Why I’m voting for the first time in 2016
I’m 36 years old. I was born in America. And I’ve never voted.
Not in an election for city council. Or state legislature. Or even president of the United States.
As a fast-food worker, I felt that no one listened to me — either on the job or in the halls of power. The deck always seemed stacked against workers like me and in favor of big companies like my employers, McDonald’s and Burger King. After 18 years in the fast-food industry, I am still paid just $8 an hour and have to rely on public assistance to support my family.
I always thought, ‘Why vote when those in charge don’t even acknowledge the issues that affect me day to day?’
The “Fight for $15” campaign, however, has shown me that when workers speak up, some politicians listen. In just three years, we have won hard-to-believe victories from coast to coast.
New York fast-food workers won $15 an hour; Los Angeles, SeaTac, San Francisco and Seattle approved a $15 minimum wage for all workers. Home-care workers in Massachusetts and Oregon won $15 an hour. In Florida, elected leaders have even taken the “minimum-wage challenge” in which they committed themselves to living, for a few days, the life of an underpaid worker.
I have become active in this fight. So much so that I was asked to go to Washington to introduce President Barack Obama at a White House summit on the importance of workers joining together and speaking out on the job.
In my hometown of Kansas City, we fast-food workers won a pay increase to $13 an hour, from $7.65. Only to watch state legislators in Jefferson City, under pressure from the fast-food industry, repeal the measure and then overturn the governor’s veto. I felt they were taking food out of my daughters’ mouths.
These victories and near victories prove to fast-food workers like me that we do have power and influence. Across the country, there are nearly 64 million of us paid less than $15 an hour. Imagine if we all went to the polls to cast our votes. We could sway elections and put people in power who stand with us. Maybe those politicians in Jefferson City wouldn’t have been so quick to overturn my raise.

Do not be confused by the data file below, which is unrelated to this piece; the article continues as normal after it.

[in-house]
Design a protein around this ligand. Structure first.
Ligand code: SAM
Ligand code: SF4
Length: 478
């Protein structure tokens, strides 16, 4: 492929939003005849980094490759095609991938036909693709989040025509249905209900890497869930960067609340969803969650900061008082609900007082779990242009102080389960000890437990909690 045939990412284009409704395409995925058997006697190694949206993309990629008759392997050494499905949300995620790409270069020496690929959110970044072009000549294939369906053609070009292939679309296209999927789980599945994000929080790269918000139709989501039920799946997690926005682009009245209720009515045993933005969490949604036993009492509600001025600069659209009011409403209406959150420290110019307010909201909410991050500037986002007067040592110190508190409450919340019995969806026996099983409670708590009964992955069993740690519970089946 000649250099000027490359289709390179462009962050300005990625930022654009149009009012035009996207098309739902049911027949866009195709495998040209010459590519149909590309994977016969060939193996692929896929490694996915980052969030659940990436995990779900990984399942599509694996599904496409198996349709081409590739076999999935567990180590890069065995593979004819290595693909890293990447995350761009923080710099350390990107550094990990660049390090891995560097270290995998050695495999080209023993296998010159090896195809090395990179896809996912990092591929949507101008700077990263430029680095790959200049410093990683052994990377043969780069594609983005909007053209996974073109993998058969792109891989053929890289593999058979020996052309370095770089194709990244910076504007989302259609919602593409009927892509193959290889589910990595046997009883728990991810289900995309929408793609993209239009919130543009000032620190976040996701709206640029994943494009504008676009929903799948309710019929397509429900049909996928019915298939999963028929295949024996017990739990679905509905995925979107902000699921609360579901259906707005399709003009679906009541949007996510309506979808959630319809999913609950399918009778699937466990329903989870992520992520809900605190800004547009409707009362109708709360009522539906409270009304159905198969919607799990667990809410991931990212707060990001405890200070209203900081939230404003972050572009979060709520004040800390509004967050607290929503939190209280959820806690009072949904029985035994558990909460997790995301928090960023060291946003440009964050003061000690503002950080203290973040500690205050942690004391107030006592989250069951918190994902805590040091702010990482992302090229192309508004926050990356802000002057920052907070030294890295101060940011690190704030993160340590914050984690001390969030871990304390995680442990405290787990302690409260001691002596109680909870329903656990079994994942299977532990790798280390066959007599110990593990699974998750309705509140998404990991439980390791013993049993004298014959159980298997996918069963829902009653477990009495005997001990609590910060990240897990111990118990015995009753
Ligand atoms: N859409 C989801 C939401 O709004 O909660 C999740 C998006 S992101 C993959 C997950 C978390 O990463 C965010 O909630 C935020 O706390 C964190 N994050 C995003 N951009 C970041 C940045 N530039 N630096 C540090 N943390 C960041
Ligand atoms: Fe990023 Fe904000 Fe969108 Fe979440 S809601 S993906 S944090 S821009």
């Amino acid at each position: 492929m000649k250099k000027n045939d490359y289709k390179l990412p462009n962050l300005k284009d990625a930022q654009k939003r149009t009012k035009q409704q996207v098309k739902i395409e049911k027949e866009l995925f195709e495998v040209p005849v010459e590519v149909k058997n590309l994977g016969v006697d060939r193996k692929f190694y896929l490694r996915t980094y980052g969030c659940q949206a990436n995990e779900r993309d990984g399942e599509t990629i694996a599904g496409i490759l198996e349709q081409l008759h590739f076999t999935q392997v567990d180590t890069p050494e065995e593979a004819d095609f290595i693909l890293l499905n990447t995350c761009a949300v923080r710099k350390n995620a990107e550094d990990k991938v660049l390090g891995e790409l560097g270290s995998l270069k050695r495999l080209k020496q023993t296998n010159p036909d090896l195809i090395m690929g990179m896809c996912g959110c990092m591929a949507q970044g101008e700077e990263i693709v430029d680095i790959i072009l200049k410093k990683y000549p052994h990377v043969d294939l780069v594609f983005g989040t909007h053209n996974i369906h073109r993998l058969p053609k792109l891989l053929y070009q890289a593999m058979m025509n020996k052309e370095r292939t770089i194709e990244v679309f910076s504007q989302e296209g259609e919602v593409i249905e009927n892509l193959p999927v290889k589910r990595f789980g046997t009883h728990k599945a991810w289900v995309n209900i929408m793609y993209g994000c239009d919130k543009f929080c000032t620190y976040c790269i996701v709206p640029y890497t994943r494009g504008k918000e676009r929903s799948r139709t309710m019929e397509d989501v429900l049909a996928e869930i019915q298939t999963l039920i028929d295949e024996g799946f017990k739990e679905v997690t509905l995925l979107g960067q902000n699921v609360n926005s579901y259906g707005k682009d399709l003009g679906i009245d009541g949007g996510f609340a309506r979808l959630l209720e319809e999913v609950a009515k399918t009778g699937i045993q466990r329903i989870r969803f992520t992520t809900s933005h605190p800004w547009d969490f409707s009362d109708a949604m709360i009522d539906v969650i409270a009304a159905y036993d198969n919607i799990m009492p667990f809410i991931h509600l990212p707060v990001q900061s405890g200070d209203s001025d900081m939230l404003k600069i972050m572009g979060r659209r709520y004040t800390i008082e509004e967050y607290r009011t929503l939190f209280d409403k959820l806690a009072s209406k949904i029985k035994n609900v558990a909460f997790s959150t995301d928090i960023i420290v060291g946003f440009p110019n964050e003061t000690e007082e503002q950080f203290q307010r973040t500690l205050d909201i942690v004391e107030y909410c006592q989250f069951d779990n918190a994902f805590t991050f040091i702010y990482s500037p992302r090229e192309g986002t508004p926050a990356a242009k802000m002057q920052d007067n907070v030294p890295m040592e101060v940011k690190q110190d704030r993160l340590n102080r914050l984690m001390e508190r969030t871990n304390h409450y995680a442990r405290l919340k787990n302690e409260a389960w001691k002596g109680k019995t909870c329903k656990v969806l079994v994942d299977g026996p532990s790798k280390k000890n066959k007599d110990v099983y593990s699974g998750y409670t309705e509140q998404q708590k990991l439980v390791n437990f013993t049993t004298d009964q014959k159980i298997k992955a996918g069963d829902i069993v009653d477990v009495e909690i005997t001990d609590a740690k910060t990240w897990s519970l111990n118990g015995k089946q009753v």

I grew up in South Carolina in a government housing project. Things were hard. My mother worked at Hardee’s, a fast-food restaurant. Still, some days I’d come home from school and the lights were cut off, or the fridge was empty.
I swore that as soon as I could work I would get a job and help provide for my family. And I did – at 16 years old. I started working at Taco Bell, and I’ve been in the fast-food industry ever since.
I assumed I’d leave and go back to school, but it never worked out that way. Today, I work at both McDonald’s and Burger King for a combined 65 to 70 hours a week, but I still have to turn to food stamps and rent assistance to help support my three beautiful young daughters.
On Nov. 10, when I joined the biggest fast-food strike to hit the nation, I was thinking of my daughters. Fast-food workers like me were joined by home-care, child-care and other workers in protests at hundreds of city halls — symbols of local political power — across the country.
In Milwaukee, Wisconsin, after the strike and City Hall protests, workers marched on the Republican debate. The moderator’s very first question was for Donald Trump, asking him to respond to our Fight for $15 campaign. Every candidate asked about it came out against it. But we let them know that they have a year’s notice to come and get our vote by standing for $15 an hour and union rights.
We will continue striking and protesting and marching because we can’t wait any longer for fair pay and union rights. Next year, we’ll be voting — many, like me, for the first time.
Politicians, if you want our votes, come and get them.